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Conservation of ParaHox genes' function in patterning of the digestive tract of the marine gastropod Gibbula varia.

Samadi L, Steiner G - BMC Dev. Biol. (2010)

Bottom Line: Gva-Gsx patterns potential neural precursors of cerebral ganglia as well as of the apical sensory organ.ParaHox genes of Gibbula are also expressed during specification of cerebral and ventral neuroectodermal cells.Our results provide additional support for the ancestral complexity of Gsx expression and its ancestral role in mouth patterning in protostomes, which was secondarily lost or simplified in some species.

View Article: PubMed Central - HTML - PubMed

Affiliation: Department of Evolutionary Biology, Faculty of Life Sciences, University of Vienna, Vienna, Austria. leili.samadi@univie.ac.at

ABSTRACT

Background: Presence of all three ParaHox genes has been described in deuterostomes and lophotrochozoans, but to date one of these three genes, Xlox has not been reported from any ecdysozoan taxa and both Xlox and Gsx are absent in nematodes. There is evidence that the ParaHox genes were ancestrally a single chromosomal cluster. Colinear expression of the ParaHox genes in anterior, middle, and posterior tissues of several species studied so far suggest that these genes may be responsible for axial patterning of the digestive tract. So far, there are no data on expression of these genes in molluscs.

Results: We isolated the complete coding sequences of the three Gibbula varia ParaHox genes, and then tested their expression in larval and postlarval development. In Gibbula varia, the ParaHox genes participate in patterning of the digestive tract and are expressed in some cells of the neuroectoderm. The expression of these genes coincides with the gradual formation of the gut in the larva. Gva-Gsx patterns potential neural precursors of cerebral ganglia as well as of the apical sensory organ. During larval development this gene is involved in the formation of the mouth and during postlarval development it is expressed in the precursor cells involved in secretion of the radula, the odontoblasts. Gva-Xolx and Gva-Cdx are involved in gut patterning in the middle and posterior parts of digestive tract, respectively. Both genes are expressed in some ventral neuroectodermal cells; however the expression of Gva-Cdx fades in later larval stages while the expression of Gva-Xolx in these cells persists.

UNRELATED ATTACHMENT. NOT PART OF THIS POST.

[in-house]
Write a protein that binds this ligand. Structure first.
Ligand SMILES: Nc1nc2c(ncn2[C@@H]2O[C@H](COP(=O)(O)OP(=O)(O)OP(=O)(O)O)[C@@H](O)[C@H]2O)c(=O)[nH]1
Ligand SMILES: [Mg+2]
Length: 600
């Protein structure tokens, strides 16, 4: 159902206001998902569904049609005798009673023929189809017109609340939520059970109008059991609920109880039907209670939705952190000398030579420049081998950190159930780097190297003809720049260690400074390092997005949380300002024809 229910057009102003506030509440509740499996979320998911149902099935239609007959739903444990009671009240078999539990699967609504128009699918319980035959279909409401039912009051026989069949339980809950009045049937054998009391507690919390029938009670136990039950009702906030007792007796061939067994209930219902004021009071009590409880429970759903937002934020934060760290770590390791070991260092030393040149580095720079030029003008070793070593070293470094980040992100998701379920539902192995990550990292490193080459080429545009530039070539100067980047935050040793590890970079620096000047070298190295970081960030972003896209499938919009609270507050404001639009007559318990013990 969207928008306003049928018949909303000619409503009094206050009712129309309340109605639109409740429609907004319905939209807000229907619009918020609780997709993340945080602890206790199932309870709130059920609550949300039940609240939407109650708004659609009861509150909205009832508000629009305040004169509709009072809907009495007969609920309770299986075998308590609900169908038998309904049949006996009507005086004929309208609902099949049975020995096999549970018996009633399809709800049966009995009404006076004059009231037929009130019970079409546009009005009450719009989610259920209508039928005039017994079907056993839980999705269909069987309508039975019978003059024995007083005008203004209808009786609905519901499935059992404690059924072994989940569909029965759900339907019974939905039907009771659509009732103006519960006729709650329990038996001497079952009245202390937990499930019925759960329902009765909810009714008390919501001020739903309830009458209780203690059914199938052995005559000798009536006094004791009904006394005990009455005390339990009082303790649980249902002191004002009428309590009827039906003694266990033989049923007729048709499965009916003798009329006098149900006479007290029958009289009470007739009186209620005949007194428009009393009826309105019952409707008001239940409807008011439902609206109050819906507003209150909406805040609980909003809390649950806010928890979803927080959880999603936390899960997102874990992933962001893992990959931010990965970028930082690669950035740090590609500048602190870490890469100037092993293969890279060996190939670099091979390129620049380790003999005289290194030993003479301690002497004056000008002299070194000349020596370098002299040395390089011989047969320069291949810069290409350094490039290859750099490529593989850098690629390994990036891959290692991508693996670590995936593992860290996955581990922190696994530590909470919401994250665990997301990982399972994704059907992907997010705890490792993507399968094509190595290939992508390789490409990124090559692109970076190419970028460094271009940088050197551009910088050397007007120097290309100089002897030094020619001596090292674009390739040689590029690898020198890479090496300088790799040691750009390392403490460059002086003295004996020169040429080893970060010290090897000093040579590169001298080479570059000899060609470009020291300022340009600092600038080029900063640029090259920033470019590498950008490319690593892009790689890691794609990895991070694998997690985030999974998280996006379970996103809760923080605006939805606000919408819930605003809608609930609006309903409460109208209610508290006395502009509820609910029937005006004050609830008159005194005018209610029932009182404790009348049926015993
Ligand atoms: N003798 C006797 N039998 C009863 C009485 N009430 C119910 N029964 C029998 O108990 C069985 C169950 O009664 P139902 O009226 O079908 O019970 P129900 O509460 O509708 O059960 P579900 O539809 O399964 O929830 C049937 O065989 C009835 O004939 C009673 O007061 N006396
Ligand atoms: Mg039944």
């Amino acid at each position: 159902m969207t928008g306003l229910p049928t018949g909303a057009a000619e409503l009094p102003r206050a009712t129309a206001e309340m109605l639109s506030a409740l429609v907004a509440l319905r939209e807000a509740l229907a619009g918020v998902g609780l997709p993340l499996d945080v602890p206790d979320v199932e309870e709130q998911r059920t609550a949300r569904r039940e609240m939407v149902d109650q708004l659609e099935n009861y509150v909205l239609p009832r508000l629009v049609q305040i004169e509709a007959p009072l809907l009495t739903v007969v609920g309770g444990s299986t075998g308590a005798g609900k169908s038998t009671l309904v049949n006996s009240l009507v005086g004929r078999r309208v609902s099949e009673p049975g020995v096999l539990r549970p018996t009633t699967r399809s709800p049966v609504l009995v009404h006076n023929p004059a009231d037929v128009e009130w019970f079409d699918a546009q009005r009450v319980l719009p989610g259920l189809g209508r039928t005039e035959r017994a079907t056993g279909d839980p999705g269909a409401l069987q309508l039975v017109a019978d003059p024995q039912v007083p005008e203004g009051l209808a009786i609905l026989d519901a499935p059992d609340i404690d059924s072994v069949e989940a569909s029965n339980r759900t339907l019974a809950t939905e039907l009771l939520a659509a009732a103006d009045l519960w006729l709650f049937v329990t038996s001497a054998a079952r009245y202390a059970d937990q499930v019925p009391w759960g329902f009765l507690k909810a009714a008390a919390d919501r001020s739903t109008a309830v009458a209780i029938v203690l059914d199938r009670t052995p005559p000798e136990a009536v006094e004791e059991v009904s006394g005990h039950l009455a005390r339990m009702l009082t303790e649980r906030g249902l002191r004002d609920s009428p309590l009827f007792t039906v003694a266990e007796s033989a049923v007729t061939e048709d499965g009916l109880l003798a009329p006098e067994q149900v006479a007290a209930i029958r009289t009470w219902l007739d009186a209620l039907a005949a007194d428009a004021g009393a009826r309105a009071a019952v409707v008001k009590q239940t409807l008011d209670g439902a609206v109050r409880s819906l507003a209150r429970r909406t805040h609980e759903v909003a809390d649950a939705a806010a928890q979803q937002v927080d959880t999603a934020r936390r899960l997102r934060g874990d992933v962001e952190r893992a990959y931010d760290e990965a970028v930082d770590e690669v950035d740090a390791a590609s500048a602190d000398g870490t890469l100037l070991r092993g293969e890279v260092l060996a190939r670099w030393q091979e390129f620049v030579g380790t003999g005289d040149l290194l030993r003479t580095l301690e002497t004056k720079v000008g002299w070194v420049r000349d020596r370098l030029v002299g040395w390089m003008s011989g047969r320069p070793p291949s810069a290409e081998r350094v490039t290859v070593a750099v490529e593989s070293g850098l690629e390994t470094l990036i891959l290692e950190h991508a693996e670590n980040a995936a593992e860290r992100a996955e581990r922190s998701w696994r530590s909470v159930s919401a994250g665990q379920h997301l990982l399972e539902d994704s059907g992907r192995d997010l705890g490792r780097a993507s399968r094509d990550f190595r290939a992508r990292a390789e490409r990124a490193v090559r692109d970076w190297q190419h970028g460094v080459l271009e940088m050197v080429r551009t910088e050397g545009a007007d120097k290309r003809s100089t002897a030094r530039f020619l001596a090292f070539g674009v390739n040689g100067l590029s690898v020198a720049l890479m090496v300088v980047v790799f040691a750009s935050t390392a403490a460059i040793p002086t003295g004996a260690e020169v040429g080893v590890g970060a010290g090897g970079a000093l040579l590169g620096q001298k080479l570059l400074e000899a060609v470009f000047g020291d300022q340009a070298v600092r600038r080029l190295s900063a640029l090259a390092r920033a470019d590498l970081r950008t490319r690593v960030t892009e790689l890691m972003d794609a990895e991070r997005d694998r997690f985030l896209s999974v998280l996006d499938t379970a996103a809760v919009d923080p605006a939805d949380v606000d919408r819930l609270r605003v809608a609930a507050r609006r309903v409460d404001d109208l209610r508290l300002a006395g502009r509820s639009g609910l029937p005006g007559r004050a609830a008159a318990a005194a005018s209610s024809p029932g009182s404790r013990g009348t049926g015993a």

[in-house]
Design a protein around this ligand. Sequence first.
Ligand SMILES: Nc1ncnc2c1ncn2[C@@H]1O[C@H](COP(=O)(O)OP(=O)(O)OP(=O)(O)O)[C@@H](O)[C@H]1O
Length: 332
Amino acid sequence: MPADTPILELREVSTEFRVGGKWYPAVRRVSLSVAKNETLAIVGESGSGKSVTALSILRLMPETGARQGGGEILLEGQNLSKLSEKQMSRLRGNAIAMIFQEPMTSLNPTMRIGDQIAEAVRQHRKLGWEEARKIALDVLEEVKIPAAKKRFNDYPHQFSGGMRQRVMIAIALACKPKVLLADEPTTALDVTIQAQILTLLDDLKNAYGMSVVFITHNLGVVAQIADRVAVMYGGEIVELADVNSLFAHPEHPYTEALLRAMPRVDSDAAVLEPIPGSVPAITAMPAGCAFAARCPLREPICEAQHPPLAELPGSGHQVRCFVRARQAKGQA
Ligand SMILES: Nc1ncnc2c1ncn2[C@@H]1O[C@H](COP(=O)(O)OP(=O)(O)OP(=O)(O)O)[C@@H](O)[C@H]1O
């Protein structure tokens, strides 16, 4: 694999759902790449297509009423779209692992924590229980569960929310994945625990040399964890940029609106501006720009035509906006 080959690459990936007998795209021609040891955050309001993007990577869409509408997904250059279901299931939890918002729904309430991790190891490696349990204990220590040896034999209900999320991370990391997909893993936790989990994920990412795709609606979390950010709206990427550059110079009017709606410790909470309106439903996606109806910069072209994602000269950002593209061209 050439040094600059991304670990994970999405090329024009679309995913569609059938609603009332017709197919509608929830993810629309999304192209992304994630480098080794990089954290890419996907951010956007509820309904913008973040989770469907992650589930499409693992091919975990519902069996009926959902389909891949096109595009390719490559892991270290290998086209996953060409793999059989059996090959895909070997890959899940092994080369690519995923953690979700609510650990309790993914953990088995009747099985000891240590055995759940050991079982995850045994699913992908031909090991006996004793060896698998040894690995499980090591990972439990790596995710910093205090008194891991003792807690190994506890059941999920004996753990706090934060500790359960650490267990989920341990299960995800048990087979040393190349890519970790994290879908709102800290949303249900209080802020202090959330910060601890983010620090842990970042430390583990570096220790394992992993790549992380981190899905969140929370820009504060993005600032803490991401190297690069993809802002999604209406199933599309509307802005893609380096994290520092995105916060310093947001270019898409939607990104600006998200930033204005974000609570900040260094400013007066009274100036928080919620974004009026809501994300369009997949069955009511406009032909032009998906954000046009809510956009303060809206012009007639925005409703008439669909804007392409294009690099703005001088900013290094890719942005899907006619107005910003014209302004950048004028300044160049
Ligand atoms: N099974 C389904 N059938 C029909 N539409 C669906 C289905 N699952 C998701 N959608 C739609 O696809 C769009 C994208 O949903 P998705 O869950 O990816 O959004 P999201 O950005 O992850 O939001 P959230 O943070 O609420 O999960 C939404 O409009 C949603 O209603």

Conclusions: In Gibbula varia the ParaHox genes are expressed during anterior-posterior patterning of the digestive system. This colinearity is not easy to spot during early larval stages because the differentiated endothelial cells within the yolk permanently migrate to their destinations in the gut. After torsion, Gsx patterns the mouth and foregut, Xlox the midgut gland or digestive gland, and Cdx the hindgut. ParaHox genes of Gibbula are also expressed during specification of cerebral and ventral neuroectodermal cells. Our results provide additional support for the ancestral complexity of Gsx expression and its ancestral role in mouth patterning in protostomes, which was secondarily lost or simplified in some species.

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Summary of Gva-ParaHox expression during development of G. varia. Note that the colour codes on this figure correspond to the same colours as arrows on the Figure 2-4.
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Figure 6: Summary of Gva-ParaHox expression during development of G. varia. Note that the colour codes on this figure correspond to the same colours as arrows on the Figure 2-4.

Mentions: We were unable to detect clear colinear expression of ParaHox genes in Gibbula prior to torsion. If present, it is obscured by the permanent migration of cells from the digestive gland to their final positions in the gut, and by torsion processes. After torsion, however, a spatially colinear expression of ParaHox genes is obvious in the digestive system, with Gva-Gsx patterning the mouth opening and radula anlage, Gva-Xlox expressed in the midgut, and Gva-Cdx in the hindgut (Figure 4 and 6). Therefore, our results support Holland's hypothesis that ParaHox genes are involved in gut regionalization along the anterior-posterior body axis in protostomes [3].